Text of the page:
China's Future Deconstructed: Holmes vs. Chang
Source: JT Long of The Gold Report (12/30/11)
China has become the $5.88 trillion question in the world financial equation for 2012. In an attempt to gauge the direction of this economic elephant, Cambridge House International is asking two China experts to debate the health of the second-largest economy at the Vancouver Resource Investment Conference January 22. We called the two speakers for a preview of the tactics they will take in this epic debate.
Author and Commentator Gordon Chang literally wrote the book on why investors should be wary of China's growth. His book The Coming Collapse of China has attracted attention from the likes of the LA Times and Asia Times and many other publications in between. He has made appearances on Fox News and regularly contributes to Business Insider, Barron's, National Review and Forbes magazines. When he lived and worked in China and Hong Kong for almost two decades, most recently in Shanghai as counsel to the American law firm Paul Weiss, he saw the ghost cities and environmental challenges up close.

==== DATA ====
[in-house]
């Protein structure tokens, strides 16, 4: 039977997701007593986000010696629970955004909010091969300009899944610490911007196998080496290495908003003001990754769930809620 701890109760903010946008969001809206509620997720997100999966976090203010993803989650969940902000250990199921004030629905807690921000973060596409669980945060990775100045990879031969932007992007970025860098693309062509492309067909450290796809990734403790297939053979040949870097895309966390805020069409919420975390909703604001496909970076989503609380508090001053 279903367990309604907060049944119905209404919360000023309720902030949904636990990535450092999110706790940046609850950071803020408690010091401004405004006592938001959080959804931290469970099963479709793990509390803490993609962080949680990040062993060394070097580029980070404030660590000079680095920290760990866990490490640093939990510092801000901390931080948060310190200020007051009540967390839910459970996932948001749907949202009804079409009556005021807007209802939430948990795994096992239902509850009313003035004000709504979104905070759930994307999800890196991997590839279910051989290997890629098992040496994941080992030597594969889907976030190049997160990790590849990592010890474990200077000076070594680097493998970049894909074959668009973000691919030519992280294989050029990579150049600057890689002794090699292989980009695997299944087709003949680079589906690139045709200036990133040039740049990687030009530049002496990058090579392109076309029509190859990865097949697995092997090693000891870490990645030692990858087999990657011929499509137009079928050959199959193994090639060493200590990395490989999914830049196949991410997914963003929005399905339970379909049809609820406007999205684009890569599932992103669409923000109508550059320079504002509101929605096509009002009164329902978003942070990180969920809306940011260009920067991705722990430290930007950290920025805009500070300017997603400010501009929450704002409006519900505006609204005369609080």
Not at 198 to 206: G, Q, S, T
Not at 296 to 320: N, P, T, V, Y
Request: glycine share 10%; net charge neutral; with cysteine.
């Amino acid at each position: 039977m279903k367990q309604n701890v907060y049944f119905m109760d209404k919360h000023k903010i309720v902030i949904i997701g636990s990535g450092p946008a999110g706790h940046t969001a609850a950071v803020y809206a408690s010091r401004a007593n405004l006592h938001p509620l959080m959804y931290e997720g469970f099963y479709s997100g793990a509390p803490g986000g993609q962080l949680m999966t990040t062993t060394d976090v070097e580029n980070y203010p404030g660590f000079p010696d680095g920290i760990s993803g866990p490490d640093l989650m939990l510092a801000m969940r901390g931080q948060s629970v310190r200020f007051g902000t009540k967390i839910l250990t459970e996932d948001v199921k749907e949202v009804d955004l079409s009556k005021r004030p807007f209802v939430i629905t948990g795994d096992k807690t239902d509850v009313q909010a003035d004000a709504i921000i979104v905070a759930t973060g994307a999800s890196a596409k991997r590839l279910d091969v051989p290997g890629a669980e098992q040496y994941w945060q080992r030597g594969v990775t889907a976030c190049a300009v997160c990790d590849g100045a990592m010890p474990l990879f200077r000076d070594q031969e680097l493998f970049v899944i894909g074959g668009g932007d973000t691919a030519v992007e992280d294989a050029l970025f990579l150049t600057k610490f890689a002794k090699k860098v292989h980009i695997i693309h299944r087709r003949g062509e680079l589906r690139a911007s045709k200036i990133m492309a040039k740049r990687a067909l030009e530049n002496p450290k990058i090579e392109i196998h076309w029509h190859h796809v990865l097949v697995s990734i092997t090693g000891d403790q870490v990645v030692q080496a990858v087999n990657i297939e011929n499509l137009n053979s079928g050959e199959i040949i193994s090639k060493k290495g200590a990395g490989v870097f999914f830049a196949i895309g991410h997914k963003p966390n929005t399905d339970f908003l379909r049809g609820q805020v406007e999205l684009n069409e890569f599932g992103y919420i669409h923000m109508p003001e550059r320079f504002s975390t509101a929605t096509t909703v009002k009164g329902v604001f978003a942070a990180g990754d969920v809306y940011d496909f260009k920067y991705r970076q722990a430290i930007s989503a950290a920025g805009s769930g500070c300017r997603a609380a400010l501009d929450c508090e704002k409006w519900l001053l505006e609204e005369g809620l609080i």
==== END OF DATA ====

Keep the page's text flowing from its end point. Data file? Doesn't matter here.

"The debate is a direct response to attendees who need to know if China is on a course to grow, slow or blow," said Nicole Evans, president of the Cambridge House International Conference Division. The Gold Report called these two experts to find out the numbers behind why they have such different predictions about how this enigmatic country will fare in the coming years.
Frank Holmes: This veteran investment advisor based his positive prognosis for China and its Eastern neighbors on a combination of tacit knowledge learned firsthand through travel and observation of geopolitical conditions along with explicit knowledge of history and the markets.